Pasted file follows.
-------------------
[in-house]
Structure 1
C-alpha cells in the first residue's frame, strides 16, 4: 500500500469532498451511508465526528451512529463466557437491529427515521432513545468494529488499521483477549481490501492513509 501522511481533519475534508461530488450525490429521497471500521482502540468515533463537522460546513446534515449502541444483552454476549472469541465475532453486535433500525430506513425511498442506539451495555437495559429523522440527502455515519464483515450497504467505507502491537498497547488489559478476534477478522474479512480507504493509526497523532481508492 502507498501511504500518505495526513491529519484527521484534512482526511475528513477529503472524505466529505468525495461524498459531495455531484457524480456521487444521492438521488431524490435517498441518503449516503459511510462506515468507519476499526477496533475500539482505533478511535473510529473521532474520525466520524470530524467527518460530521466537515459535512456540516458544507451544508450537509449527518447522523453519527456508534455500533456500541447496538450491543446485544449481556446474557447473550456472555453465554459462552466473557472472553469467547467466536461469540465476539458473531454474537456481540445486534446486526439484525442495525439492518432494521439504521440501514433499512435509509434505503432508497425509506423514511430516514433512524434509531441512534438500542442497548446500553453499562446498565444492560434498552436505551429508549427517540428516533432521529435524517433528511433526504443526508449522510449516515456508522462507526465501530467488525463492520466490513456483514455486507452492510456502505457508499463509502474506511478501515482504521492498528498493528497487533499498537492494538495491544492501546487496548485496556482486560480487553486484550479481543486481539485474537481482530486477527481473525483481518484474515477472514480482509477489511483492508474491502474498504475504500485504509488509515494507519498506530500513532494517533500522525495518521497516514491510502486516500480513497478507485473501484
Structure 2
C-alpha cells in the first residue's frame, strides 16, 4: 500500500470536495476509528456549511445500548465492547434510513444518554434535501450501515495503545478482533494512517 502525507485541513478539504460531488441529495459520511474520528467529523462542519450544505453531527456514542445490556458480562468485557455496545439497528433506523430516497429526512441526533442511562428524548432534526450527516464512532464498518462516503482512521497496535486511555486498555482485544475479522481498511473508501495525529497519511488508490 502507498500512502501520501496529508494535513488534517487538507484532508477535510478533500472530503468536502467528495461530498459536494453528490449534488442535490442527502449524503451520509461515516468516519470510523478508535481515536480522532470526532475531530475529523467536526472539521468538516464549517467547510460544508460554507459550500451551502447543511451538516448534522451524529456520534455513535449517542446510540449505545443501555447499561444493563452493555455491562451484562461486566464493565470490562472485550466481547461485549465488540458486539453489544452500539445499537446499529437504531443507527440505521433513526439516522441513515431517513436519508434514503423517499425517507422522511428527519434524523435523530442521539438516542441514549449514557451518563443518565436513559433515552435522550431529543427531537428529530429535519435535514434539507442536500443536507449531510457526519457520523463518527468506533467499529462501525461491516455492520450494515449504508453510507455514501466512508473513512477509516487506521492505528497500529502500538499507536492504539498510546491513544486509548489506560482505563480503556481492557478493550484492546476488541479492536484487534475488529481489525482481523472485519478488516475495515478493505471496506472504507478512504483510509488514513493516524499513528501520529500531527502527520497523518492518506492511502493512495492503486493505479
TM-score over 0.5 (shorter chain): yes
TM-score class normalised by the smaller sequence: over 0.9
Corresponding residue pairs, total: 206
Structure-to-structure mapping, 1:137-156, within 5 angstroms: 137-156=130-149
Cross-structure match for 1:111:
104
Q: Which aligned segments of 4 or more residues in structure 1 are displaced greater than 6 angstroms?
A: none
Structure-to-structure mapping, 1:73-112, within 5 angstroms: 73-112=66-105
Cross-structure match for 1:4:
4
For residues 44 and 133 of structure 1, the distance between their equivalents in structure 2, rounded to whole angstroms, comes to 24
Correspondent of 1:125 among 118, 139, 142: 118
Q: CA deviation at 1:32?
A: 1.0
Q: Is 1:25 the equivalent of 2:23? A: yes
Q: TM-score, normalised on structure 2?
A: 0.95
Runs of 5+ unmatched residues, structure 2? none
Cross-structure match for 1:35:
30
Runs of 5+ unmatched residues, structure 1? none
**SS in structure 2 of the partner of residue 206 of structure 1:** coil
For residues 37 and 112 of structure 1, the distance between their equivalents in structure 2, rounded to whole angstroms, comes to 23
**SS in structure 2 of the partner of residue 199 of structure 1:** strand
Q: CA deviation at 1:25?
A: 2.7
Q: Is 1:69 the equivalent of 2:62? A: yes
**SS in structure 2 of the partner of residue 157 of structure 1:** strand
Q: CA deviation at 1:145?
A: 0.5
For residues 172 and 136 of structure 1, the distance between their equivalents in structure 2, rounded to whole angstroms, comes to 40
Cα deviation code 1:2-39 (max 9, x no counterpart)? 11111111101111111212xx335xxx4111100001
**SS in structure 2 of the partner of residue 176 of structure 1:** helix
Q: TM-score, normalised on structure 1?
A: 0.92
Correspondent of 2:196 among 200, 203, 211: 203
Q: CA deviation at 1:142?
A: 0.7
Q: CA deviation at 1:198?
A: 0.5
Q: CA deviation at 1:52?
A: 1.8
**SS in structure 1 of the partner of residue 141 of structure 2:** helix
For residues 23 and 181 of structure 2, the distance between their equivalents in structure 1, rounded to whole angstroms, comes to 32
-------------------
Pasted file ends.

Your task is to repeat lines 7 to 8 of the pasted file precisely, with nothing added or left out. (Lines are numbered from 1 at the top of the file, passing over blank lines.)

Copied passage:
TM-score class normalised by the smaller sequence: over 0.9
Corresponding residue pairs, total: 206